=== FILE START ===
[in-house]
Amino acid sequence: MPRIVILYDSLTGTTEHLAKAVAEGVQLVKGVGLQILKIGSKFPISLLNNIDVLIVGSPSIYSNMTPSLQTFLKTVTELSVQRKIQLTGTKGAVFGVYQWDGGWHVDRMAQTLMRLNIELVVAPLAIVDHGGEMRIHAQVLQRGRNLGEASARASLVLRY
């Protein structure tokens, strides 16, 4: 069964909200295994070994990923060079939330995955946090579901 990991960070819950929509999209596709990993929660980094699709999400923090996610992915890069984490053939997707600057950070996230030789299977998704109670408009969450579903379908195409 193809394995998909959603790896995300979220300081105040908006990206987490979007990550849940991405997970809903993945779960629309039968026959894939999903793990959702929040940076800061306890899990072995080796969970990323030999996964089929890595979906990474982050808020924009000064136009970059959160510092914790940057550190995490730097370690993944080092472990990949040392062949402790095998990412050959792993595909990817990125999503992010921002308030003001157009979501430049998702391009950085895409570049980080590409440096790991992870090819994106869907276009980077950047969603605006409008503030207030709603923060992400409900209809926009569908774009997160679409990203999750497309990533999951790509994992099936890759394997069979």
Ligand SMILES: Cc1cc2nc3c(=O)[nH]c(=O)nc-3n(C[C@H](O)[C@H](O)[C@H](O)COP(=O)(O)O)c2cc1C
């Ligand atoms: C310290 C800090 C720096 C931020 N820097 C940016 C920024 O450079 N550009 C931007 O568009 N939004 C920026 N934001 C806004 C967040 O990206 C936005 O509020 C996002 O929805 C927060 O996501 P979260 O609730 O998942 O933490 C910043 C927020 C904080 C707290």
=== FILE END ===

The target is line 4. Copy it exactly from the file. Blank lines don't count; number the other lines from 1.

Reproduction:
Ligand SMILES: Cc1cc2nc3c(=O)[nH]c(=O)nc-3n(C[C@H](O)[C@H](O)[C@H](O)COP(=O)(O)O)c2cc1C